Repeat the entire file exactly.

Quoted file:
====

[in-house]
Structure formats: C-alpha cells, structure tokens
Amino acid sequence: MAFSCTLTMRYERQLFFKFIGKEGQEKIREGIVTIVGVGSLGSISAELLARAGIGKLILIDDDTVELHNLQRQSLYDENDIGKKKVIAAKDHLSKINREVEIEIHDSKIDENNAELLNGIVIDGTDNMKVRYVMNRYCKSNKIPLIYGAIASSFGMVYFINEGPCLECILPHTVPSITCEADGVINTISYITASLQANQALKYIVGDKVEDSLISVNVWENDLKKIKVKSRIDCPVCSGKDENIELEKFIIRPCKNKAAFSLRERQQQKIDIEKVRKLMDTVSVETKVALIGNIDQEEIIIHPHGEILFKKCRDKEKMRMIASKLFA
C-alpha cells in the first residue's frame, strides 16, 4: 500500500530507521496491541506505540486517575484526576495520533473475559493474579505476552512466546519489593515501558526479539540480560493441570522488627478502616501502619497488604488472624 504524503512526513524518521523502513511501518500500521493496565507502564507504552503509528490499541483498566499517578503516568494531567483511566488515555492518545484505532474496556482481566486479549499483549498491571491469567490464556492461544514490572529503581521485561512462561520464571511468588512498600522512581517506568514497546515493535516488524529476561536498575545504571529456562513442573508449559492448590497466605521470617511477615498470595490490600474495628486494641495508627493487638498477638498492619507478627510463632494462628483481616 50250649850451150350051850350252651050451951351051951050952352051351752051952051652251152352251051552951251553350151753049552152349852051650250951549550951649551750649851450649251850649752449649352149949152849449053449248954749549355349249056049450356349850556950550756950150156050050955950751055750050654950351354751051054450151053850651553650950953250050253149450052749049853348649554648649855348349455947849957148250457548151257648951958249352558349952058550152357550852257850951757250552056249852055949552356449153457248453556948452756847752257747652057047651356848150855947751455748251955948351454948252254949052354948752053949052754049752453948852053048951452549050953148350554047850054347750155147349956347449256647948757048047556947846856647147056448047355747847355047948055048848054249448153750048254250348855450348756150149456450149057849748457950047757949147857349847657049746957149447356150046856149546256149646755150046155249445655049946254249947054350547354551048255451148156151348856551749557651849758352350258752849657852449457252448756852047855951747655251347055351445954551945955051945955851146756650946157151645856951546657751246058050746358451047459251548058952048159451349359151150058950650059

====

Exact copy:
[in-house]
Structure formats: C-alpha cells, structure tokens
Amino acid sequence: MAFSCTLTMRYERQLFFKFIGKEGQEKIREGIVTIVGVGSLGSISAELLARAGIGKLILIDDDTVELHNLQRQSLYDENDIGKKKVIAAKDHLSKINREVEIEIHDSKIDENNAELLNGIVIDGTDNMKVRYVMNRYCKSNKIPLIYGAIASSFGMVYFINEGPCLECILPHTVPSITCEADGVINTISYITASLQANQALKYIVGDKVEDSLISVNVWENDLKKIKVKSRIDCPVCSGKDENIELEKFIIRPCKNKAAFSLRERQQQKIDIEKVRKLMDTVSVETKVALIGNIDQEEIIIHPHGEILFKKCRDKEKMRMIASKLFA
C-alpha cells in the first residue's frame, strides 16, 4: 500500500530507521496491541506505540486517575484526576495520533473475559493474579505476552512466546519489593515501558526479539540480560493441570522488627478502616501502619497488604488472624 504524503512526513524518521523502513511501518500500521493496565507502564507504552503509528490499541483498566499517578503516568494531567483511566488515555492518545484505532474496556482481566486479549499483549498491571491469567490464556492461544514490572529503581521485561512462561520464571511468588512498600522512581517506568514497546515493535516488524529476561536498575545504571529456562513442573508449559492448590497466605521470617511477615498470595490490600474495628486494641495508627493487638498477638498492619507478627510463632494462628483481616 50250649850451150350051850350252651050451951351051951050952352051351752051952051652251152352251051552951251553350151753049552152349852051650250951549550951649551750649851450649251850649752449649352149949152849449053449248954749549355349249056049450356349850556950550756950150156050050955950751055750050654950351354751051054450151053850651553650950953250050253149450052749049853348649554648649855348349455947849957148250457548151257648951958249352558349952058550152357550852257850951757250552056249852055949552356449153457248453556948452756847752257747652057047651356848150855947751455748251955948351454948252254949052354948752053949052754049752453948852053048951452549050953148350554047850054347750155147349956347449256647948757048047556947846856647147056448047355747847355047948055048848054249448153750048254250348855450348756150149456450149057849748457950047757949147857349847657049746957149447356150046856149546256149646755150046155249445655049946254249947054350547354551048255451148156151348856551749557651849758352350258752849657852449457252448756852047855951747655251347055351445954551945955051945955851146756650946157151645856951546657751246058050746358451047459251548058952048159451349359151150058950650059